Umberto Eco’s essay on ‘ur-fascism’, or eternal fascism, appeared in the New York Review of Books in 1995. Benito Mussolini’s memory in the national psyche was still painful, and there were many who wanted to forget about it and ‘move on’. That made Eco want to get to the heart of the notion of this terrifying phenomenon, and he did so quite brilliantly.
His conclusions are as relevant now as they were then. Eternal fascism, he concluded, has many different forms. There was Mussolini’s fascism, there was Nazism and in Spain Franco’s hyper-Catholic Nationalism. Argentina and Chile have experienced what we would term fascist regimes, and they all tend to have certain features in common, some of which – worryingly – we also see in supposedly democratic governments.
Eternal fascism never goes away
So Eco made a list of the recurring themes of ur-fascism. This is my take on it.
- At the heart of ur-fascism is a cult of tradition based on revelations, supposedly made at the dawn of history. And these messages often contradict each other. Fascism is always ‘syncretistic’ in that it merges differing ideas. What matters is the vague primeval truth to which fascists always allude. Fascism rejects the Enlightenment, which holds that reason allows humankind to advance learning, a central feature of any civilised country. Many Conservatives reject the notion that the study of British history is a never-ending progress. Rather they believe that the noble story of the nation’s past somehow ‘exists’ and is something of which every patriotic citizen must be proud. Those with a more nuanced take on our often not so glorious past are ‘traitors’ – “You hate your country!”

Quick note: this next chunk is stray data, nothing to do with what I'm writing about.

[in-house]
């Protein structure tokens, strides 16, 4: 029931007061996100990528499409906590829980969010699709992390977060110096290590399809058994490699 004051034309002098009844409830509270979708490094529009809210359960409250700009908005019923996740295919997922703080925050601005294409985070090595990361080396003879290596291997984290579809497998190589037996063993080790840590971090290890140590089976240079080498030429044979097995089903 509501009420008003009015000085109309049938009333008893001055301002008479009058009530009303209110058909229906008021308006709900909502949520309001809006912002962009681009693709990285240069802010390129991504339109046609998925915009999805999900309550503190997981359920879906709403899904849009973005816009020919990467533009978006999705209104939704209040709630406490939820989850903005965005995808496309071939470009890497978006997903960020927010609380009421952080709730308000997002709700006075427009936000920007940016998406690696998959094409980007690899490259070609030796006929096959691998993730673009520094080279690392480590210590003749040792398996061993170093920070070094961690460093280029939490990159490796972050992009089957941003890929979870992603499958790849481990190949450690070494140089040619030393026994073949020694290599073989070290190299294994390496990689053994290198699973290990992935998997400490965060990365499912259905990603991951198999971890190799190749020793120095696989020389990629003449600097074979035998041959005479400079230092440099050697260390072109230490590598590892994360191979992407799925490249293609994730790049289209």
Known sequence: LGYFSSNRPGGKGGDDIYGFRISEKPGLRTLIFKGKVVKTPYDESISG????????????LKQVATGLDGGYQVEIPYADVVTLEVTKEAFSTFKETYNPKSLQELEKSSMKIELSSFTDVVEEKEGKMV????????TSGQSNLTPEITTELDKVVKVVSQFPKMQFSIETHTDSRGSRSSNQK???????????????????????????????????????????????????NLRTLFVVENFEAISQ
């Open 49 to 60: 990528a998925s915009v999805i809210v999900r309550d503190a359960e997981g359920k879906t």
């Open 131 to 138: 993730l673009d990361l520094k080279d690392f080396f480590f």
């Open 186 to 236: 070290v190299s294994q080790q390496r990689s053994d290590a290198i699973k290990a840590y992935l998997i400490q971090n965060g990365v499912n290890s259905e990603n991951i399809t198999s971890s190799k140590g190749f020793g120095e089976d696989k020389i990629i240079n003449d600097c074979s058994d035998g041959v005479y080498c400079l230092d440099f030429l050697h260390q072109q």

- The rejection of the spirit of Enlightenment, epitomised by The Wealth of Nations (1776) and The French Revolution (1789), is a rejection of the modern world. Trump wanted to make America great again, to return to some golden age in the past. Brexiters dream of an age when an ‘Englishman’ could be proud. The past was better and rationalism is considered depraved. Fascists claim to hate global capitalism, which they don’t, but what they really dislike is liberal democracy.
- Culture wars are part of every fascist movement. For fascists, action is based on feeling rather than reason. Since democracy encourages, and indeed relies on, reflection and critical attitudes, ur-fascism distrusts the intellectual world. Universities are feared and many fascists only want vocational subjects to be taught. When the Argentinian junta came to power it immediately closed the philosophy and sociology departments in the universities, these being seen as hotbeds of radical thinking. Liberal intellectuals are accused of betraying ‘traditional values’.
- Due to its illogical and contradictory nature, ur-fascism must reject analytical criticism. Disagreement becomes treason. ‘Lefty lawyers’ who challenge the government by insisting that the law be correctly interpreted and respected fall into this category of “enemies of the people”.
- Disagreement is a sign of diversity, so fascists fear that and whip up our innate fear of difference. Every fascist regime stirs up fear and loathing of intruders, so fascism is always xenophobic and racist. The Rwanda deportation plan is classic ur-fascism.
- Fascism plays on the feelings of frustration and perceived humiliation of those who feel their place in the world is precarious, or who have seen a drop in their status. The prosperous (but very parochial) boomer middle class of the English provinces supposes that it is humiliated and threatened so Brexit appealed to this group, just as it also appealed to those citizens of the provinces who really were disadvantaged.